I’ve had quite a fortnight since I last wrote here: I had a six night/eight show week in New York, about it ambulance then three nights at home in London before two nights in hospital, visit this more about for a 2nd planned hip replacement. ??The New York trip was planned specifically because, buy more about following the surgery, I am not allowed to fly (or drive, for that matter!) for six weeks, so I needed to put in another lightning trip there to catch some of the new shows before they became old(er) ones.
Top of my list was the new Andrew Lloyd Webber musical School of Rock that began previews the night I arrived in town, and which I duly saw three nights later — it is unusual, as I wrote here, for critics to go to early previews, but having interviewed its composer a few months ago in New York, and marvelling at his ability to sly innovate in his promotion of the show, I was curious to be in there early, rather than in January when I can next travel transatlantically. The show brings Lloyd Webber back to the Winter Garden Theatre, home of his first Broadway megahit with Cats that became the longest running musical in Broadway history in its time (a record now long eclipsed by his Phantom of the Opera).
I was also keen to be in early for the Menier’s transfer of The Color Purple — this time as both a champion of the production and friend of its star Cynthia Erivo (who had sung at my Scott Alan curated birthday celebration in September at the Hippodrome, as I reported here), and so was at its first Broadway preview on November 9, as I wrote here in my new weekly series on some of my top theatrical venues in London and beyond.
Another venue that will feature in coming weeks is going to the Young Vic, and that theatre, too, had a Broadway transfer the week I was there for its production of A View from the Bridge, with Russell Tovey (pictured left with Mark Strong) newly joining the London cast, and which I also re-visited. Director Ivo van Hove is having quite a New York year: though I won’t be back in time to see his production of David Bowie’s Lazarus at New York Theatre Workshop, I’m also looking forward to his Broadway production of The Crucible next year with a cast that will include Ben Whishaw.
I also caught a couple more musicals that had just opened on Broadway in the preceding week: On Your Feet (an efficient and colourful jukebox trawl through the life and catalogue of Gloria Estefan) and Allegiance (a sincerely told new musical about an important if shaming story in American Second World War history, that I wrote about here), as well as Bruce Willis starring in Misery (that I wrote about here, pictured left).
I also took in two off-Broadway shows, both at the Public, that is currently possibly the hottest theatre in New York, with its current smash Broadway transfers of Fun Home (this year’s winner of the Best Musical Award for Fun Home) and Hamilton (already a certainty for next year’s Tony). It is also where Here Lies Love and Caroline, or Change both originated, too, before transferring to the National. The shows I saw at the Public this time were Michael John LaChiusa’s sequel to First Lady Suite, called First Daughter Suite that tells the back stories of some of the women who have occupied the White House as wives or daughters of the President; and Eclipsed, a harrowing new play about the Liberian struggles starring Oscar winner Lupita Nyong’o (“12 Years a Slave”), that has already announced a transfer to Broadway for next February to the Golden Theatre.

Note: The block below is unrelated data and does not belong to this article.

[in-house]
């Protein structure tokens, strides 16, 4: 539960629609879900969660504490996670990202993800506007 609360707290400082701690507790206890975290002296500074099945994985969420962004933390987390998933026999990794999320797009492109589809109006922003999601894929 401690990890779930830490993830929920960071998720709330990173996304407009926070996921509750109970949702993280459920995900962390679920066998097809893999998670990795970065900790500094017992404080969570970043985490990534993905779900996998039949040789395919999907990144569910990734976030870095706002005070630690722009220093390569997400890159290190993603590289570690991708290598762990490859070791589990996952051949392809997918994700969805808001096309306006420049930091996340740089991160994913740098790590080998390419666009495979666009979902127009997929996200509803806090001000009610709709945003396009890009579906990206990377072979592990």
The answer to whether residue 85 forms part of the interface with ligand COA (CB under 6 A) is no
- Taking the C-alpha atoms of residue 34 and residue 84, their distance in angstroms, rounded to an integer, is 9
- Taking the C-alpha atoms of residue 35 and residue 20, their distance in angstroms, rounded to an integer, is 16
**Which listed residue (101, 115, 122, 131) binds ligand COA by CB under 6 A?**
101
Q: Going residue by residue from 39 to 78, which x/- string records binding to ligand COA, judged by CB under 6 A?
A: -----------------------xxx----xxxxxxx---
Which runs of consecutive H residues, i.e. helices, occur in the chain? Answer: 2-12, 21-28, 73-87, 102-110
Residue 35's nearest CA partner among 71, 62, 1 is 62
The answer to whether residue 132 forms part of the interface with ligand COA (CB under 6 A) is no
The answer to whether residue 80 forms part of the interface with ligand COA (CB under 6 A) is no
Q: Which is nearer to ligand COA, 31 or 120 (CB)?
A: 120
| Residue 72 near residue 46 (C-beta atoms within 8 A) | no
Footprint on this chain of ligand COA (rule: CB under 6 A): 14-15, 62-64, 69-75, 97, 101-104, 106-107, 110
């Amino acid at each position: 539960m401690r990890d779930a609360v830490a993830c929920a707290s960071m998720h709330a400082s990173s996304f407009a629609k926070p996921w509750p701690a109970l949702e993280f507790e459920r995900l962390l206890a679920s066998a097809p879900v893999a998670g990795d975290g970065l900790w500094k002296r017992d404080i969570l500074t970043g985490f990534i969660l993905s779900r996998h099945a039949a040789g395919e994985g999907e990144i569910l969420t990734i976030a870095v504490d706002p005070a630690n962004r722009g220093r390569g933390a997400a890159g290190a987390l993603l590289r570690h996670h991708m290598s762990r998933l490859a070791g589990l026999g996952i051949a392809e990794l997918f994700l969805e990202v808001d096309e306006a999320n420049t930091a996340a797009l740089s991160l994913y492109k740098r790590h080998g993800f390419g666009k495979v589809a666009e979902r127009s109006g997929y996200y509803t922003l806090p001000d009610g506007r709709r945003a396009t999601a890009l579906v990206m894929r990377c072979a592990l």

What a turnaround for the Public! I recently chanced upon an old Michael Riedel column from the New York Post in 1999 about why British plays and/or productions were doing so well on Broadway at the time (as they are again, as witness the current success of King Charles III and A View from the Bridge), and he cites a Broadway producer who tells him, “The subsidized theaters in London are just doing more interesting things than our not-for-profits. Everybody wants to know what the National is doing next year. Nobody cares what the Public [Theater] is doing. Nobody goes to the Public anymore.”
That is utterly untrue right now. The Public is the first port of call for interesting work again; and I could have just as happily filled my schedule with shows at Roundabout (whose The Humans, now at the Laura Pels to January 3, is also now Broadway-bound), Lincoln Centre Theatre (where Dada Woof Papa Hot is playing in the Mitzi Newhouse to January 3), Playwrights Horizons (where Taylor Mac’s HIR is playing to December 20), or Signature (where Mark Gerrard’s Steve is playing in the New Group’s production to December 27).
But as ever, I’m not able to see everything, and had to come home — flying overnight on Sunday 15th to land Monday morning the 16th, and going direct from Heathrow to ArtsEd to teach my 1st year Musical Theatre students there that afternoon. And from ArtsEd, I then went direct to a first night at the Shaftesbury for The Illusionists (reviewed here). The next night was yet more mind-games, courtesy of the old master Derren Brown (which I reviewed here). The latter included a big second act setpiece on faith healing; compelling stuff, but I still needed my hip replacement two days later!
But the night before my surgery I was able to enjoy the efforts of a swivelling, athletic group whose hips posed no problems at all: the third year MT students at ArtsEd were presenting a truly delightful production of the old Broadway classic Bells are Ringing, with two terrific leads in Kirsty Ingram, a diminutive but classic triple threat and treat, and Joshua St Clair: a classical and classy leading man of the old school, tall, dark and suave.
And then I swapped my favourite kind of theatre for an operating one to have my right hip replaced. And to quote the great Blossom Dearie song, that’s because:
I’m no square
I am always on the scene
Makin’ the rounds
Diggin’ the sounds
I read playboy magazine
‘Cause I’m hip